From the above discussion of one aspect of the Diamond Sutra, it seems clear to me that time/space is the most difficult and important illusion to overcome.

Is there a sutra that specifically deals with time/space and its nature of emptiness?

SunWuKong
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Re: sutra on time/space?

Post by SunWuKong » Tue Jan 30, 2018 1:05 pm

This is good, Donald Lopez lectures that Buddhism corresponded to the discovery in mathematics that we are in fact surrounded by deep space and time. This is only emphasized in the Prajñāpāramitā literature. But in a sense, all Buddhist sutras share the awareness of temporal and spatial reality. I can’t pin point one text in particular.
"We are magical animals that roam" ~ Roam

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Supramundane
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Re: sutra on time/space?

Post by Supramundane » Wed Jan 31, 2018 2:46 am

if we are traveling looking for Nirvana we will never find it. If we travel the planet looking for a door or a gateway to another dimension, we will never find it. The phenomenological world is all we can ever know. The same goes for time; if we are waiting for Nirvana, it will never come. It doesn't appear or disappear. Time does not separate us from it.

It is perhaps only our misguided view of time and space that separates us from Nirvana. Time is the key, i feel. if we realize the true nature of time then many of our misconceptions would fall away. So we must understand time to destroy the world of form. This is perhaps why Amitabha Buddha means 'Infinite Buddha', beyond space and time.

I'm surprised there isn't more info on time in a given sutra. I once read that the concept of time in Buddhism is as follows: rather than seeing time as a series of frames like in a film, Buddhism sees time as one frame that replaces itself every Ksana. Meaning that there is no linearity: no past, no future. But what did they base this conjecture on, i wonder? is it derived from a particular sutra?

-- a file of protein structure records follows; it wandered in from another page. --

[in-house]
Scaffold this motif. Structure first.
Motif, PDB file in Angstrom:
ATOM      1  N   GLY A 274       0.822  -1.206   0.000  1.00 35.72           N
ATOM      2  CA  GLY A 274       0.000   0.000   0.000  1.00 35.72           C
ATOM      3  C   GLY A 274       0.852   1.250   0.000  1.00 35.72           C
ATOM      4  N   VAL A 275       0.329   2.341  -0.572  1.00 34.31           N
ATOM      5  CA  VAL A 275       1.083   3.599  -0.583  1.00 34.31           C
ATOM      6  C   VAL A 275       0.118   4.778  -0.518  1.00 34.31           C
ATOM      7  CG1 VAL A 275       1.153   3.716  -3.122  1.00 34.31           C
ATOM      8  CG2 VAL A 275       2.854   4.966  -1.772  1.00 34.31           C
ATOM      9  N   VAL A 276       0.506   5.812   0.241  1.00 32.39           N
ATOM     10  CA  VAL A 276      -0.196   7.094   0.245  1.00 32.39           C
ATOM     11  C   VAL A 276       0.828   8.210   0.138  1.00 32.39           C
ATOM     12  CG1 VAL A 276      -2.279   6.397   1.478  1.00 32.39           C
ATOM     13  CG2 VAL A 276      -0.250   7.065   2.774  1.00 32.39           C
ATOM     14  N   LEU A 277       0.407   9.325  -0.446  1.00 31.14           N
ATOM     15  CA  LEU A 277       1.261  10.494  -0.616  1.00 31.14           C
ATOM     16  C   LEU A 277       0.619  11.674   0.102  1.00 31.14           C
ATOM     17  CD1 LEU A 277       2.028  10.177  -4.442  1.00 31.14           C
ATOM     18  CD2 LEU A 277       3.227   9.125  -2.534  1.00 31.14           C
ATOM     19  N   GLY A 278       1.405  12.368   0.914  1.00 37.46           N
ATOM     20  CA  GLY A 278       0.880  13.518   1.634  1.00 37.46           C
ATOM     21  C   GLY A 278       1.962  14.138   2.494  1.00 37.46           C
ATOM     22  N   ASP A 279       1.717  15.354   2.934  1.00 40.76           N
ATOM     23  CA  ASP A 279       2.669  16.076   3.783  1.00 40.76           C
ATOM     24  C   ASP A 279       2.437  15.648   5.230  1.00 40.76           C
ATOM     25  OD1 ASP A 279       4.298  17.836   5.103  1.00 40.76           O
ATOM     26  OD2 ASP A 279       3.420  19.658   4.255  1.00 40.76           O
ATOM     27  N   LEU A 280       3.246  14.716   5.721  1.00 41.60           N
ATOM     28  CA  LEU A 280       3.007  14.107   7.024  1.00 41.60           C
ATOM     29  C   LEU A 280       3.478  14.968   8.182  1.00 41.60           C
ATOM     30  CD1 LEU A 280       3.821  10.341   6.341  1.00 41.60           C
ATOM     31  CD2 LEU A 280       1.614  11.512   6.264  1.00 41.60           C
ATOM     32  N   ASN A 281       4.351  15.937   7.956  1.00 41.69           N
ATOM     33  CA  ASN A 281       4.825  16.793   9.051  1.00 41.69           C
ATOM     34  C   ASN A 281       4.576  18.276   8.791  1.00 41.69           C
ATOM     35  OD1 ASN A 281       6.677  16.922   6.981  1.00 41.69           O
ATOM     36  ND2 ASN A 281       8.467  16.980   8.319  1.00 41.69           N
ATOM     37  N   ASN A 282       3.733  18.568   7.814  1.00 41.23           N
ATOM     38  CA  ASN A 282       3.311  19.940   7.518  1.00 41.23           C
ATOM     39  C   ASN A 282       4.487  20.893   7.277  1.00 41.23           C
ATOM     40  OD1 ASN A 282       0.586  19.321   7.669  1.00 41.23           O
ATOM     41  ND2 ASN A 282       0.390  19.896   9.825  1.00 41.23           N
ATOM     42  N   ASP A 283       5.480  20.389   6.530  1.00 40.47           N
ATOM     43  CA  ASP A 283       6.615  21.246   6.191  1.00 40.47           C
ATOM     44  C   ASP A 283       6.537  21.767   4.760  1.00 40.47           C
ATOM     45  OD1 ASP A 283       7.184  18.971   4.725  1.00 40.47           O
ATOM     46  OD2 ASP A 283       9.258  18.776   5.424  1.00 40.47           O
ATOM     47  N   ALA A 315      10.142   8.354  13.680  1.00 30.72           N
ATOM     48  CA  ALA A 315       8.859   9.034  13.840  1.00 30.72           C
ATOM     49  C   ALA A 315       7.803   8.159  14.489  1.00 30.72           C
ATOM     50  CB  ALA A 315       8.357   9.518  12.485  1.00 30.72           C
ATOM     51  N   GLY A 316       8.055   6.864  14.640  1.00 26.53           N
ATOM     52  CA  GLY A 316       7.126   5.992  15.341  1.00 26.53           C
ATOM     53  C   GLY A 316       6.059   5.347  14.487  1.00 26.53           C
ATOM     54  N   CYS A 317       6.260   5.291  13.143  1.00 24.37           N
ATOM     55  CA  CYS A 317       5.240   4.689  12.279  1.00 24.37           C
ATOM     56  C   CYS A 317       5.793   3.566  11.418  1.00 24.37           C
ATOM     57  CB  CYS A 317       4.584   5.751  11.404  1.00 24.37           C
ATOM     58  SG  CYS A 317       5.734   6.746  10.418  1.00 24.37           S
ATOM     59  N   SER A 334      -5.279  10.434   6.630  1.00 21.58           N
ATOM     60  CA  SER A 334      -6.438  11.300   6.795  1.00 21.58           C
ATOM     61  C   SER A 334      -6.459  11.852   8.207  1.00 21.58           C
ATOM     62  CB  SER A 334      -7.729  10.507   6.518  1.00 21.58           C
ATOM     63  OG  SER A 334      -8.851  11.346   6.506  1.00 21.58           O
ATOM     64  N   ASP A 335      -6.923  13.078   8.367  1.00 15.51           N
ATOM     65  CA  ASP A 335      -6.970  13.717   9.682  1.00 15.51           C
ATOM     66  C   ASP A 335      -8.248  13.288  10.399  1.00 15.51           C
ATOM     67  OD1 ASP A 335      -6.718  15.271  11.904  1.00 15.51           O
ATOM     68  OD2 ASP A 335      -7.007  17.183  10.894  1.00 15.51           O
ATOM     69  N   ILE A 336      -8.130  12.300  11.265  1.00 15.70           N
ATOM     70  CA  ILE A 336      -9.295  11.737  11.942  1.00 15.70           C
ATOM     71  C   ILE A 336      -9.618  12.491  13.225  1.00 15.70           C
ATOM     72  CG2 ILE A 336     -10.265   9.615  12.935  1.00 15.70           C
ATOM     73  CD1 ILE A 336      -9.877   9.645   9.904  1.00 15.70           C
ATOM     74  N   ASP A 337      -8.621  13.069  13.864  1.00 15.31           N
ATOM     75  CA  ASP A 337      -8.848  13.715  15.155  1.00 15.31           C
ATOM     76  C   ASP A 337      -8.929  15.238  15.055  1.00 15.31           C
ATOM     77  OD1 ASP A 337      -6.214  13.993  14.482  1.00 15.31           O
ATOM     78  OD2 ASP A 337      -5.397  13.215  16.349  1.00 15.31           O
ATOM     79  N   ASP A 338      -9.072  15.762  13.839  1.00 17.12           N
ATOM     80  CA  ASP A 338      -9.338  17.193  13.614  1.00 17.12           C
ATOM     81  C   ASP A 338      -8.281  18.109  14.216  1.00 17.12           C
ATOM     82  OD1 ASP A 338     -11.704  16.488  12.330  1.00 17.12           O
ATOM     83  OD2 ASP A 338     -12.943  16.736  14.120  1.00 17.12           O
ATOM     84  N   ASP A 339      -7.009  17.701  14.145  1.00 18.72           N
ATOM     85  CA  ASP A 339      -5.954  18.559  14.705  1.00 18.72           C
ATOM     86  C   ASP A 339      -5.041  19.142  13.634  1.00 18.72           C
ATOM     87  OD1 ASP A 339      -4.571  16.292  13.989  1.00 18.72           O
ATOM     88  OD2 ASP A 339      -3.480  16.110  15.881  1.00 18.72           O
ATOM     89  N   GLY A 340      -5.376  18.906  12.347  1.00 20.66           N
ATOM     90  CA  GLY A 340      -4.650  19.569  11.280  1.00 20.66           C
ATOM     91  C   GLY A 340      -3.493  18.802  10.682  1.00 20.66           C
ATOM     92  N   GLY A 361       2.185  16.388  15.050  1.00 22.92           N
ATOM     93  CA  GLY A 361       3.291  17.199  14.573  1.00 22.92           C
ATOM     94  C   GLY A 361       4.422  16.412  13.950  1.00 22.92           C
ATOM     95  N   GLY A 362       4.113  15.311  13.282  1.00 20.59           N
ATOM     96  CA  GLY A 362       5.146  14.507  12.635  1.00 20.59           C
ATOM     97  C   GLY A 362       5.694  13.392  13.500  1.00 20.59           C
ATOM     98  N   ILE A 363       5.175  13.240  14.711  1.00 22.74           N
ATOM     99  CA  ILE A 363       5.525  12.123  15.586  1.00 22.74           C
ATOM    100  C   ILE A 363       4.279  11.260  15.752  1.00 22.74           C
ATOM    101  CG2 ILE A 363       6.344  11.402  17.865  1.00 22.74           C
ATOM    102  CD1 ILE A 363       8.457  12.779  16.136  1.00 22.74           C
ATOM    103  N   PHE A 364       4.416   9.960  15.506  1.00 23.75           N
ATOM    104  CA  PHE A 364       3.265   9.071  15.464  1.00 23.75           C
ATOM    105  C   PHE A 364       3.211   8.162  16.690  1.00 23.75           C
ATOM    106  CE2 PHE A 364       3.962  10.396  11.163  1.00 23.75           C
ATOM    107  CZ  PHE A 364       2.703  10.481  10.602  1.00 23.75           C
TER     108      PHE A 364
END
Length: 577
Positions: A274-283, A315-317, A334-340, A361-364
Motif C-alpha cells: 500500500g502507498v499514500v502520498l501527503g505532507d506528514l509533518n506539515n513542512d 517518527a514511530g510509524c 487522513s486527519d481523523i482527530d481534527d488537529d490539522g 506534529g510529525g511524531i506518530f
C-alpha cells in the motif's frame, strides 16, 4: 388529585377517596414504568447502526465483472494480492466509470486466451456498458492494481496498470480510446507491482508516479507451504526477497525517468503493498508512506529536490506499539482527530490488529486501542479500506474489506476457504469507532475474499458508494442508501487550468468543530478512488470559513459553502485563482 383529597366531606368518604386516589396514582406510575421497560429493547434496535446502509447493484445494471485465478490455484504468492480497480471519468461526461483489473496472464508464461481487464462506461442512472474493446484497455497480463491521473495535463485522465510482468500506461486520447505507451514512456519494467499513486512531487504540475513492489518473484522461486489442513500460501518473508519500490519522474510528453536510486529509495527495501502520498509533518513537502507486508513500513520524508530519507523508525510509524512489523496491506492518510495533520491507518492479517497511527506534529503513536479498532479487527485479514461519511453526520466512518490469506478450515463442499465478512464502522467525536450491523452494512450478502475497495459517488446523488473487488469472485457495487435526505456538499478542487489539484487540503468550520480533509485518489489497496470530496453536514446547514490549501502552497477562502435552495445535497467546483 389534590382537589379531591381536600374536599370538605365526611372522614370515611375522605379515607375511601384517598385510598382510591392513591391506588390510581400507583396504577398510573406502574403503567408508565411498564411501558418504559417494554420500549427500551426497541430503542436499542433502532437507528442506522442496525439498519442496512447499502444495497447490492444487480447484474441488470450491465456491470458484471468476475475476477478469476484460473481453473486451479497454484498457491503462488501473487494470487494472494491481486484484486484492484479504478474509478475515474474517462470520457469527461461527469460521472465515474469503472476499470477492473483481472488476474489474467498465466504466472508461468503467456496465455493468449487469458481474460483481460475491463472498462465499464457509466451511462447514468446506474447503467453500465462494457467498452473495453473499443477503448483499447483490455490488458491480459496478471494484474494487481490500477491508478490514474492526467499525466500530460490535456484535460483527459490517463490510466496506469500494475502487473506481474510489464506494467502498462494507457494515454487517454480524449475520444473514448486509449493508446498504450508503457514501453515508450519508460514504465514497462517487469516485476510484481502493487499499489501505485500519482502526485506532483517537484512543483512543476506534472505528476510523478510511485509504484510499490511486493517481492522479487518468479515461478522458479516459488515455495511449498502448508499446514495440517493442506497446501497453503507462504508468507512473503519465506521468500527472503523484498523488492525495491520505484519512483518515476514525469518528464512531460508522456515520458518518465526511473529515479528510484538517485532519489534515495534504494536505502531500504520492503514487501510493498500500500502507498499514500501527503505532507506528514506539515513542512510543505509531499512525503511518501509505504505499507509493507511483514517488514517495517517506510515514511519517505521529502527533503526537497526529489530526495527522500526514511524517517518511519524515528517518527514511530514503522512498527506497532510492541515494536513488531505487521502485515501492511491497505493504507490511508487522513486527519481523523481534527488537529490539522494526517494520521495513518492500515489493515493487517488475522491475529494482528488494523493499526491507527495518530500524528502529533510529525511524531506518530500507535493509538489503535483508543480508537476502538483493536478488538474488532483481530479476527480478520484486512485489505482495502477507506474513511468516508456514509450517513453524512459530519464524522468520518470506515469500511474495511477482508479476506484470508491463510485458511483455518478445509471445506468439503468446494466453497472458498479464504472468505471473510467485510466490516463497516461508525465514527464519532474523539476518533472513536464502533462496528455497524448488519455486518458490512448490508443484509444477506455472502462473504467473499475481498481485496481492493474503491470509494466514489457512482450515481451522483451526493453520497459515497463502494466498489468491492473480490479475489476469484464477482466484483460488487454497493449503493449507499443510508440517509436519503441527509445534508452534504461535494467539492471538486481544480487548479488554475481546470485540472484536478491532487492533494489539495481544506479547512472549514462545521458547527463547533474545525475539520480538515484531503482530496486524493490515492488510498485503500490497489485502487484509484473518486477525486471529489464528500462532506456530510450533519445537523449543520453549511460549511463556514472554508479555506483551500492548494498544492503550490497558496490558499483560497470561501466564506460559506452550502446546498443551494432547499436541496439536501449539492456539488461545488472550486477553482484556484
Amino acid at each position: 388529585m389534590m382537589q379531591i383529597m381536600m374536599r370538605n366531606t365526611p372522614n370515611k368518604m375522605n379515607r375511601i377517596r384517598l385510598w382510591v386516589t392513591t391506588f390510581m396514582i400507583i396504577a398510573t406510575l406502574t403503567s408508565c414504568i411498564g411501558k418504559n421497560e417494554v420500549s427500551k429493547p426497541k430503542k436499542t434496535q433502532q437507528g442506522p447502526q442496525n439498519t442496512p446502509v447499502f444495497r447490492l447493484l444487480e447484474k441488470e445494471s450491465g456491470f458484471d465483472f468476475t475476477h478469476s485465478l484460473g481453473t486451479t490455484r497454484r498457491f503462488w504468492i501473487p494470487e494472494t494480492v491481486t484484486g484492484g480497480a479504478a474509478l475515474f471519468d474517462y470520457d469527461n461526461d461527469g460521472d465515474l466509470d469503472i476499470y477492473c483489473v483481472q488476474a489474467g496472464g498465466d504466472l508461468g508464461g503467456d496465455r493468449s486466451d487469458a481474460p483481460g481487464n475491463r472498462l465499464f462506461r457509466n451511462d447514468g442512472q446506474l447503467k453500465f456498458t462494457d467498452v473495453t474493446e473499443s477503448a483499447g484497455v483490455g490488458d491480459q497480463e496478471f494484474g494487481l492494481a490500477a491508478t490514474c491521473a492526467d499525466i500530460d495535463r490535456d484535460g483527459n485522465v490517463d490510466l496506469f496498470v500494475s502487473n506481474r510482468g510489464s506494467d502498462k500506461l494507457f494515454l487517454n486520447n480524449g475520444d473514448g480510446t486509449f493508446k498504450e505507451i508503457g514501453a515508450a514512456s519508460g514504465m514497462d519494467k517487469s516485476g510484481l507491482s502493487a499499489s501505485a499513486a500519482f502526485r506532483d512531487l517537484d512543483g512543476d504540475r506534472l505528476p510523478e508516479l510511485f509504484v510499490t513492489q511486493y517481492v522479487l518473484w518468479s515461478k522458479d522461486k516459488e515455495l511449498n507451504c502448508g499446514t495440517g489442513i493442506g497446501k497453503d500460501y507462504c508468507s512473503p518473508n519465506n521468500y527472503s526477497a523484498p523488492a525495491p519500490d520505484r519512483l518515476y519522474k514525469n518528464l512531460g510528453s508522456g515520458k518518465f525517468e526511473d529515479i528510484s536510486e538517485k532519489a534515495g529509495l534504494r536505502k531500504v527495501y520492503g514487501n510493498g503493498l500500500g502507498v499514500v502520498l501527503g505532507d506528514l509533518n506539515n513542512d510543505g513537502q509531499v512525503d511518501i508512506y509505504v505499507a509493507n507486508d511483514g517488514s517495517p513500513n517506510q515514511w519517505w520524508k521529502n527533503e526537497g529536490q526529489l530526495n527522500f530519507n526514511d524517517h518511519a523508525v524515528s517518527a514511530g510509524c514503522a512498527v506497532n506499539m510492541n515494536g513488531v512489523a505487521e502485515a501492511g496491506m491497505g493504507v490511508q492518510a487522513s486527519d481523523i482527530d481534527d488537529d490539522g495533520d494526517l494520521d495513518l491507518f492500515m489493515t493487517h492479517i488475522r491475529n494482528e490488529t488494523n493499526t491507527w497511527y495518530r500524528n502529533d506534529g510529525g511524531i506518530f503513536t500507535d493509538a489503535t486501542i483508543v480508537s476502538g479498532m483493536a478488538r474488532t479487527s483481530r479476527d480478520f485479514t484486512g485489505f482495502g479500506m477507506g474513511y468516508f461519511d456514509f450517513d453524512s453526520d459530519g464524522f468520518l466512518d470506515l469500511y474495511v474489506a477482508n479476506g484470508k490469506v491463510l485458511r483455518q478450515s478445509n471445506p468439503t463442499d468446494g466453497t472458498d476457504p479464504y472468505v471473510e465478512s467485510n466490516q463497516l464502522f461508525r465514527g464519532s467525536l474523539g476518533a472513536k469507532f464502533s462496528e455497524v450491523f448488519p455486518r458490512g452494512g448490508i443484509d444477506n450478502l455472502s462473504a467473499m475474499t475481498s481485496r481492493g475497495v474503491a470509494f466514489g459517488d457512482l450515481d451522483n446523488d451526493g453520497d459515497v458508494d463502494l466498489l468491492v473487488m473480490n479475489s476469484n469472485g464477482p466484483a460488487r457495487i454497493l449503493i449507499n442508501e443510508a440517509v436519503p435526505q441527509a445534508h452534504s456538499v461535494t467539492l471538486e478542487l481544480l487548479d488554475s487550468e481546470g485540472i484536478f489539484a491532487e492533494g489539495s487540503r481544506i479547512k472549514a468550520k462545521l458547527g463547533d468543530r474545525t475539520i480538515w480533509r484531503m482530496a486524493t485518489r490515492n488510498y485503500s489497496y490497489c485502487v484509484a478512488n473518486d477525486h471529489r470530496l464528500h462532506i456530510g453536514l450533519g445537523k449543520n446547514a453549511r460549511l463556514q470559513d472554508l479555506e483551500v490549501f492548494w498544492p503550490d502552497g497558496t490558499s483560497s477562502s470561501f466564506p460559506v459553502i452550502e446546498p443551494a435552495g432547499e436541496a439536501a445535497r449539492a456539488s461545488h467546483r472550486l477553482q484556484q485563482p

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Supramundane
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Re: sutra on time/space?

Post by Supramundane » Sat Feb 03, 2018 5:39 am

There is an ancient fable called “Marking the boat to look for a sword” which illustrates what happens when one is ignorant of time and space. In the country of Ch’u, a man was crossing a river on a ferry. In the middle of the river, he accidentally dropped his sword. Everybody urged him to dive into the water to recover the sword. He was not worried but leisurely made a mark on the boat. He was quite proud of himself and replied confidently, “My sword fell down from here. When the boat stops, I will dive for my sword from here. Why worry?” Others told him that as both the boat and water were moving, it would be impossible for his sword to follow the boat in step. When time passed and space changed, his sword could not be retrieved. He did not listen. When the boat finally docked, he started looking for the sword beneath the spot he had marked on the boat...